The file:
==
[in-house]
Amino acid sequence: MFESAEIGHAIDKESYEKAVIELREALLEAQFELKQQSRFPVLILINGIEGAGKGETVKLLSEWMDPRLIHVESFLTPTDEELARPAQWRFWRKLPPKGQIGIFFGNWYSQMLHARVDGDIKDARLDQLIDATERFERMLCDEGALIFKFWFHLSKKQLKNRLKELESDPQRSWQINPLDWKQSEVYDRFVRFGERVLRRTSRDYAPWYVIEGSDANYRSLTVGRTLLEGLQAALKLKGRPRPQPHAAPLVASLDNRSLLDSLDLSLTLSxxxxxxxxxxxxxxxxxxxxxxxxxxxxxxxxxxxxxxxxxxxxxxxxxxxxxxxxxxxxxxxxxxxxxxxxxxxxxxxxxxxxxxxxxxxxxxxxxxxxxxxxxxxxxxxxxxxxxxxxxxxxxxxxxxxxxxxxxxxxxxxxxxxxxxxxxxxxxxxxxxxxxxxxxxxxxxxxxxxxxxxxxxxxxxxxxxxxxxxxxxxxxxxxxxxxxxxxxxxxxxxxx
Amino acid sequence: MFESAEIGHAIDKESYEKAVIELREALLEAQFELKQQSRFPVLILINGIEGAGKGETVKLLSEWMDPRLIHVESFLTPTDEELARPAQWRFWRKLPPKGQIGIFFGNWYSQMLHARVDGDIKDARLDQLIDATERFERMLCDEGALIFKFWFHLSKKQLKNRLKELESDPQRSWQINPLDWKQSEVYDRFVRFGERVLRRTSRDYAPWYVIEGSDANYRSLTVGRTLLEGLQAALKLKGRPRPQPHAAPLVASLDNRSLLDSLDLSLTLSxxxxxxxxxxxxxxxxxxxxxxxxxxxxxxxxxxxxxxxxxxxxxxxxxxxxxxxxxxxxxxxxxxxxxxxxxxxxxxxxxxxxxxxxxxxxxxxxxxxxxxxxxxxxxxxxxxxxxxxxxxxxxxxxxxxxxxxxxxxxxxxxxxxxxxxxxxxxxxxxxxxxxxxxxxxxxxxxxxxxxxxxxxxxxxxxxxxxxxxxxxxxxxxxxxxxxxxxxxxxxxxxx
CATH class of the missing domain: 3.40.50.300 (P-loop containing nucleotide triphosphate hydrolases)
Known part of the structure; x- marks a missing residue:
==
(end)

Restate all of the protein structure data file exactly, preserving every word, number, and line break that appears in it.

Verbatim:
[in-house]
Amino acid sequence: MFESAEIGHAIDKESYEKAVIELREALLEAQFELKQQSRFPVLILINGIEGAGKGETVKLLSEWMDPRLIHVESFLTPTDEELARPAQWRFWRKLPPKGQIGIFFGNWYSQMLHARVDGDIKDARLDQLIDATERFERMLCDEGALIFKFWFHLSKKQLKNRLKELESDPQRSWQINPLDWKQSEVYDRFVRFGERVLRRTSRDYAPWYVIEGSDANYRSLTVGRTLLEGLQAALKLKGRPRPQPHAAPLVASLDNRSLLDSLDLSLTLSxxxxxxxxxxxxxxxxxxxxxxxxxxxxxxxxxxxxxxxxxxxxxxxxxxxxxxxxxxxxxxxxxxxxxxxxxxxxxxxxxxxxxxxxxxxxxxxxxxxxxxxxxxxxxxxxxxxxxxxxxxxxxxxxxxxxxxxxxxxxxxxxxxxxxxxxxxxxxxxxxxxxxxxxxxxxxxxxxxxxxxxxxxxxxxxxxxxxxxxxxxxxxxxxxxxxxxxxxxxxxxxxx
Amino acid sequence: MFESAEIGHAIDKESYEKAVIELREALLEAQFELKQQSRFPVLILINGIEGAGKGETVKLLSEWMDPRLIHVESFLTPTDEELARPAQWRFWRKLPPKGQIGIFFGNWYSQMLHARVDGDIKDARLDQLIDATERFERMLCDEGALIFKFWFHLSKKQLKNRLKELESDPQRSWQINPLDWKQSEVYDRFVRFGERVLRRTSRDYAPWYVIEGSDANYRSLTVGRTLLEGLQAALKLKGRPRPQPHAAPLVASLDNRSLLDSLDLSLTLSxxxxxxxxxxxxxxxxxxxxxxxxxxxxxxxxxxxxxxxxxxxxxxxxxxxxxxxxxxxxxxxxxxxxxxxxxxxxxxxxxxxxxxxxxxxxxxxxxxxxxxxxxxxxxxxxxxxxxxxxxxxxxxxxxxxxxxxxxxxxxxxxxxxxxxxxxxxxxxxxxxxxxxxxxxxxxxxxxxxxxxxxxxxxxxxxxxxxxxxxxxxxxxxxxxxxxxxxxxxxxxxxx
CATH class of the missing domain: 3.40.50.300 (P-loop containing nucleotide triphosphate hydrolases)
Known part of the structure; x- marks a missing residue: